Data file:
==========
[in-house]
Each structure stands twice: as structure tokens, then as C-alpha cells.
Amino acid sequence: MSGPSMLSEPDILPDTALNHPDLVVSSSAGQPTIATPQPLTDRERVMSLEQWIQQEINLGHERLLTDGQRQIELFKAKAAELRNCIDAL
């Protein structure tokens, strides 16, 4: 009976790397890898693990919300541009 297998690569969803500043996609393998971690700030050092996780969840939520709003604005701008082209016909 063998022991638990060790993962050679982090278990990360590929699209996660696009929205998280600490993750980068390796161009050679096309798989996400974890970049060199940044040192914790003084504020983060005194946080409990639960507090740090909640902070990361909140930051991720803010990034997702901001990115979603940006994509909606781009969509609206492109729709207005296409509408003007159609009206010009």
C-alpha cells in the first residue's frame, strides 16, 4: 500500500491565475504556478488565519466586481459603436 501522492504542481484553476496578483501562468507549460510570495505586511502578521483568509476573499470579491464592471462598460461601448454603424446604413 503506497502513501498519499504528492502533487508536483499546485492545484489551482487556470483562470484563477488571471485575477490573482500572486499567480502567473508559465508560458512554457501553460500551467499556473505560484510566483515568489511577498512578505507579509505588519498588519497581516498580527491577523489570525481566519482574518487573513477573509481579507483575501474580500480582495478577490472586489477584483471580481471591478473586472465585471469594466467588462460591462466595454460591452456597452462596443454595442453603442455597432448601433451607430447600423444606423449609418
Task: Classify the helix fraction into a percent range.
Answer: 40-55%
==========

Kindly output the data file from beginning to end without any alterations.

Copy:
[in-house]
Each structure stands twice: as structure tokens, then as C-alpha cells.
Amino acid sequence: MSGPSMLSEPDILPDTALNHPDLVVSSSAGQPTIATPQPLTDRERVMSLEQWIQQEINLGHERLLTDGQRQIELFKAKAAELRNCIDAL
């Protein structure tokens, strides 16, 4: 009976790397890898693990919300541009 297998690569969803500043996609393998971690700030050092996780969840939520709003604005701008082209016909 063998022991638990060790993962050679982090278990990360590929699209996660696009929205998280600490993750980068390796161009050679096309798989996400974890970049060199940044040192914790003084504020983060005194946080409990639960507090740090909640902070990361909140930051991720803010990034997702901001990115979603940006994509909606781009969509609206492109729709207005296409509408003007159609009206010009």
C-alpha cells in the first residue's frame, strides 16, 4: 500500500491565475504556478488565519466586481459603436 501522492504542481484553476496578483501562468507549460510570495505586511502578521483568509476573499470579491464592471462598460461601448454603424446604413 503506497502513501498519499504528492502533487508536483499546485492545484489551482487556470483562470484563477488571471485575477490573482500572486499567480502567473508559465508560458512554457501553460500551467499556473505560484510566483515568489511577498512578505507579509505588519498588519497581516498580527491577523489570525481566519482574518487573513477573509481579507483575501474580500480582495478577490472586489477584483471580481471591478473586472465585471469594466467588462460591462466595454460591452456597452462596443454595442453603442455597432448601433451607430447600423444606423449609418
Task: Classify the helix fraction into a percent range.
Answer: 40-55%